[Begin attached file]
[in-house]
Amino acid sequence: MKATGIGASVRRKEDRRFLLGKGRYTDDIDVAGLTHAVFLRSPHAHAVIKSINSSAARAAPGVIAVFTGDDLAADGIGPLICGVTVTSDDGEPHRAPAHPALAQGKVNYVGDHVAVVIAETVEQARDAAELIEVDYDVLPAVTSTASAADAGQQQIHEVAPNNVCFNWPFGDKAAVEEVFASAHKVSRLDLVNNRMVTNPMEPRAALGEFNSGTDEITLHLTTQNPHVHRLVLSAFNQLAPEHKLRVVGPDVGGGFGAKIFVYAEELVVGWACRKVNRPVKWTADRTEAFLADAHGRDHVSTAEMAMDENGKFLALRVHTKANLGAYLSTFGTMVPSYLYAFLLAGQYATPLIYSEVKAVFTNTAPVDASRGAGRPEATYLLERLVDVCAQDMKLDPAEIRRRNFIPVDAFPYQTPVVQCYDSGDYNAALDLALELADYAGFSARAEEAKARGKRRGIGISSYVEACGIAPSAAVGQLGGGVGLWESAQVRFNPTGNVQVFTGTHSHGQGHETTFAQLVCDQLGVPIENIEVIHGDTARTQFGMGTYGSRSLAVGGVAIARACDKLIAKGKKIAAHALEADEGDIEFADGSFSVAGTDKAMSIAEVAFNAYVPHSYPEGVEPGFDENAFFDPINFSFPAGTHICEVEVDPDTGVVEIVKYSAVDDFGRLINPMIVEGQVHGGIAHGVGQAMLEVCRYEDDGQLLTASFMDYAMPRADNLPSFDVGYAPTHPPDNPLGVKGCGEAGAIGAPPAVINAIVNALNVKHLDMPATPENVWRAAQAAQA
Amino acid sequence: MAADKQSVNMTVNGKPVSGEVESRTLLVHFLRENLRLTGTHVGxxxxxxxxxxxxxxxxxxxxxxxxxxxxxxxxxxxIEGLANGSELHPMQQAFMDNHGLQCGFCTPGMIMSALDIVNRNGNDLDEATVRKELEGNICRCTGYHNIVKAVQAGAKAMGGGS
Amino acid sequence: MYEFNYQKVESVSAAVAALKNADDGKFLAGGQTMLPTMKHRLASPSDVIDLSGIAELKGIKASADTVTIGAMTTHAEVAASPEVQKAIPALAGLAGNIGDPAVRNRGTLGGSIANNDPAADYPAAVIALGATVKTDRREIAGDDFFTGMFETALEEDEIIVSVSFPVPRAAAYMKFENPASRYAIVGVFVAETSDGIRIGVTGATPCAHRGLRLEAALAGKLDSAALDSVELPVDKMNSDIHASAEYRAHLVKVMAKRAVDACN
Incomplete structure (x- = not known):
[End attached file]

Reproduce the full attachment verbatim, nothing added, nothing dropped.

[in-house]
Amino acid sequence: MKATGIGASVRRKEDRRFLLGKGRYTDDIDVAGLTHAVFLRSPHAHAVIKSINSSAARAAPGVIAVFTGDDLAADGIGPLICGVTVTSDDGEPHRAPAHPALAQGKVNYVGDHVAVVIAETVEQARDAAELIEVDYDVLPAVTSTASAADAGQQQIHEVAPNNVCFNWPFGDKAAVEEVFASAHKVSRLDLVNNRMVTNPMEPRAALGEFNSGTDEITLHLTTQNPHVHRLVLSAFNQLAPEHKLRVVGPDVGGGFGAKIFVYAEELVVGWACRKVNRPVKWTADRTEAFLADAHGRDHVSTAEMAMDENGKFLALRVHTKANLGAYLSTFGTMVPSYLYAFLLAGQYATPLIYSEVKAVFTNTAPVDASRGAGRPEATYLLERLVDVCAQDMKLDPAEIRRRNFIPVDAFPYQTPVVQCYDSGDYNAALDLALELADYAGFSARAEEAKARGKRRGIGISSYVEACGIAPSAAVGQLGGGVGLWESAQVRFNPTGNVQVFTGTHSHGQGHETTFAQLVCDQLGVPIENIEVIHGDTARTQFGMGTYGSRSLAVGGVAIARACDKLIAKGKKIAAHALEADEGDIEFADGSFSVAGTDKAMSIAEVAFNAYVPHSYPEGVEPGFDENAFFDPINFSFPAGTHICEVEVDPDTGVVEIVKYSAVDDFGRLINPMIVEGQVHGGIAHGVGQAMLEVCRYEDDGQLLTASFMDYAMPRADNLPSFDVGYAPTHPPDNPLGVKGCGEAGAIGAPPAVINAIVNALNVKHLDMPATPENVWRAAQAAQA
Amino acid sequence: MAADKQSVNMTVNGKPVSGEVESRTLLVHFLRENLRLTGTHVGxxxxxxxxxxxxxxxxxxxxxxxxxxxxxxxxxxxIEGLANGSELHPMQQAFMDNHGLQCGFCTPGMIMSALDIVNRNGNDLDEATVRKELEGNICRCTGYHNIVKAVQAGAKAMGGGS
Amino acid sequence: MYEFNYQKVESVSAAVAALKNADDGKFLAGGQTMLPTMKHRLASPSDVIDLSGIAELKGIKASADTVTIGAMTTHAEVAASPEVQKAIPALAGLAGNIGDPAVRNRGTLGGSIANNDPAADYPAAVIALGATVKTDRREIAGDDFFTGMFETALEEDEIIVSVSFPVPRAAAYMKFENPASRYAIVGVFVAETSDGIRIGVTGATPCAHRGLRLEAALAGKLDSAALDSVELPVDKMNSDIHASAEYRAHLVKVMAKRAVDACN
Incomplete structure (x- = not known):